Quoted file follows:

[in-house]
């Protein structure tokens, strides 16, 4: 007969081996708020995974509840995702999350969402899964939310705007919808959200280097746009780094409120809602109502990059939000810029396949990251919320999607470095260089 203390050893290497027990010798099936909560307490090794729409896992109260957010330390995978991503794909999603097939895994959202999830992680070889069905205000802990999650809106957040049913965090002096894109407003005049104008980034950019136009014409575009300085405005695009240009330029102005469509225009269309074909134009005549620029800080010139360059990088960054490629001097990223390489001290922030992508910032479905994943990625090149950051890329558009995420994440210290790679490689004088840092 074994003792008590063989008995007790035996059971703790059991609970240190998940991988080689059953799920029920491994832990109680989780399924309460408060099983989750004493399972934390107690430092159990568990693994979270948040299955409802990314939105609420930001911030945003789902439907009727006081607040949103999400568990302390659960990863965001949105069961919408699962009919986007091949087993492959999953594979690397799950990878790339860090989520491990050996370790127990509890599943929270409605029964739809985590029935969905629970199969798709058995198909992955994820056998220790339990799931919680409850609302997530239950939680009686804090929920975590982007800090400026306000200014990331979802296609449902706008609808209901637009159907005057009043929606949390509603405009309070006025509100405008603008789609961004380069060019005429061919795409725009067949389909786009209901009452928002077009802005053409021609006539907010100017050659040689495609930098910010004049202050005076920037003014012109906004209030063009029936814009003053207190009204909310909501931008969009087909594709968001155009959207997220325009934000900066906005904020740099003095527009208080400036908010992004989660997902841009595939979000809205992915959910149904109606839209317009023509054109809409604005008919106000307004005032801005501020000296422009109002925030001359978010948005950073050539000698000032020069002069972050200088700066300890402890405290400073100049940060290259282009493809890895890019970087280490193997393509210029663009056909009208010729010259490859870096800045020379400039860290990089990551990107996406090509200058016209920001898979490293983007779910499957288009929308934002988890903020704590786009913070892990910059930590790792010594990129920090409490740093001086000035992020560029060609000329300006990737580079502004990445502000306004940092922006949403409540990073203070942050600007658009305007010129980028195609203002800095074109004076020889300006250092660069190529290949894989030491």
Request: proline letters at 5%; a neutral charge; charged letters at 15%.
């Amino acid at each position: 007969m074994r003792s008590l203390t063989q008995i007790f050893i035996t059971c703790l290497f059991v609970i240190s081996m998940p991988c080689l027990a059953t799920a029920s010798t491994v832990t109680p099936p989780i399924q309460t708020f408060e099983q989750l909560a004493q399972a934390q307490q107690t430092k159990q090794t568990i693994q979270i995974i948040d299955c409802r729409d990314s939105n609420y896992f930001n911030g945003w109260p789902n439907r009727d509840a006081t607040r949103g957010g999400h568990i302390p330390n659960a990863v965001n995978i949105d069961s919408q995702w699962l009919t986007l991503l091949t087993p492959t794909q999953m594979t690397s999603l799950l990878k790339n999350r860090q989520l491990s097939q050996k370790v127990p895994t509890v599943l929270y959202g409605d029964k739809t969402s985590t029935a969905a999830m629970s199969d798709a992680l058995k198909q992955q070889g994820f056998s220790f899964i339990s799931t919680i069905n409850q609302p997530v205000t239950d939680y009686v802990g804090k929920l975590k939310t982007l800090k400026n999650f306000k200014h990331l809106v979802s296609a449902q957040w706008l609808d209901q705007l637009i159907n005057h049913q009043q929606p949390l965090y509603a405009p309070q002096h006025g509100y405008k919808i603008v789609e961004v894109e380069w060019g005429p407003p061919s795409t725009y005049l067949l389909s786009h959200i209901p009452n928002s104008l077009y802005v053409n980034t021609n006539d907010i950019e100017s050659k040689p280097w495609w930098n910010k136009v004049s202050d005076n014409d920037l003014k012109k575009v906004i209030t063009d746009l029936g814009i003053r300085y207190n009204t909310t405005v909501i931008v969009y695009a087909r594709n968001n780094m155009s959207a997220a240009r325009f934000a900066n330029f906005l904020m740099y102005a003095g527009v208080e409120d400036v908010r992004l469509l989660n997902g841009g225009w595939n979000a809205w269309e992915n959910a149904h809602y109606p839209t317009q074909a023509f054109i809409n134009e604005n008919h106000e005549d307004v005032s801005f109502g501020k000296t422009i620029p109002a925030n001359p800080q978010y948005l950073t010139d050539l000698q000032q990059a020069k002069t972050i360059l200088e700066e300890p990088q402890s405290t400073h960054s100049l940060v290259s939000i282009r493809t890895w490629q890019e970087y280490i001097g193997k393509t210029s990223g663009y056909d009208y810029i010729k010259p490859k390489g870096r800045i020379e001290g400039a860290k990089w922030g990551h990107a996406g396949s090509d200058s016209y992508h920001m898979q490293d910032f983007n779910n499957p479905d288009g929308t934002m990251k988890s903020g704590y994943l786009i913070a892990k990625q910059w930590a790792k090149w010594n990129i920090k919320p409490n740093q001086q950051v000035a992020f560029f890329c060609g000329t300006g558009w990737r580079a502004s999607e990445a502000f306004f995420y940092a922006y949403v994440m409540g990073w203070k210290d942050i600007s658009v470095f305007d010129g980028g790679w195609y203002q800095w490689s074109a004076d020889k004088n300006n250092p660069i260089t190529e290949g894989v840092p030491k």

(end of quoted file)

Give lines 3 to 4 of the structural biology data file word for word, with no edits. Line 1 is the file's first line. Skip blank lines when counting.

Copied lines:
Request: proline letters at 5%; a neutral charge; charged letters at 15%.
């Amino acid at each position: 007969m074994r003792s008590l203390t063989q008995i007790f050893i035996t059971c703790l290497f059991v609970i240190s081996m998940p991988c080689l027990a059953t799920a029920s010798t491994v832990t109680p099936p989780i399924q309460t708020f408060e099983q989750l909560a004493q399972a934390q307490q107690t430092k159990q090794t568990i693994q979270i995974i948040d299955c409802r729409d990314s939105n609420y896992f930001n911030g945003w109260p789902n439907r009727d509840a006081t607040r949103g957010g999400h568990i302390p330390n659960a990863v965001n995978i949105d069961s919408q995702w699962l009919t986007l991503l091949t087993p492959t794909q999953m594979t690397s999603l799950l990878k790339n999350r860090q989520l491990s097939q050996k370790v127990p895994t509890v599943l929270y959202g409605d029964k739809t969402s985590t029935a969905a999830m629970s199969d798709a992680l058995k198909q992955q070889g994820f056998s220790f899964i339990s799931t919680i069905n409850q609302p997530v205000t239950d939680y009686v802990g804090k929920l975590k939310t982007l800090k400026n999650f306000k200014h990331l809106v979802s296609a449902q957040w706008l609808d209901q705007l637009i159907n005057h049913q009043q929606p949390l965090y509603a405009p309070q002096h006025g509100y405008k919808i603008v789609e961004v894109e380069w060019g005429p407003p061919s795409t725009y005049l067949l389909s786009h959200i209901p009452n928002s104008l077009y802005v053409n980034t021609n006539d907010i950019e100017s050659k040689p280097w495609w930098n910010k136009v004049s202050d005076n014409d920037l003014k012109k575009v906004i209030t063009d746009l029936g814009i003053r300085y207190n009204t909310t405005v909501i931008v969009y695009a087909r594709n968001n780094m155009s959207a997220a240009r325009f934000a900066n330029f906005l904020m740099y102005a003095g527009v208080e409120d400036v908010r992004l469509l989660n997902g841009g225009w595939n979000a809205w269309e992915n959910a149904h809602y109606p839209t317009q074909a023509f054109i809409n134009e604005n008919h106000e005549d307004v005032s801005f109502g501020k000296t422009i620029p109002a925030n001359p800080q978010y948005l950073t010139d050539l000698q000032q990059a020069k002069t972050i360059l200088e700066e300890p990088q402890s405290t400073h960054s100049l940060v290259s939000i282009r493809t890895w490629q890019e970087y280490i001097g193997k393509t210029s990223g663009y056909d009208y810029i010729k010259p490859k390489g870096r800045i020379e001290g400039a860290k990089w922030g990551h990107a996406g396949s090509d200058s016209y992508h920001m898979q490293d910032f983007n779910n499957p479905d288009g929308t934002m990251k988890s903020g704590y994943l786009i913070a892990k990625q910059w930590a790792k090149w010594n990129i920090k919320p409490n740093q001086q950051v000035a992020f560029f890329c060609g000329t300006g558009w990737r580079a502004s999607e990445a502000f306004f995420y940092a922006y949403v994440m409540g990073w203070k210290d942050i600007s658009v470095f305007d010129g980028g790679w195609y203002q800095w490689s074109a004076d020889k004088n300006n250092p660069i260089t190529e290949g894989v840092p030491k």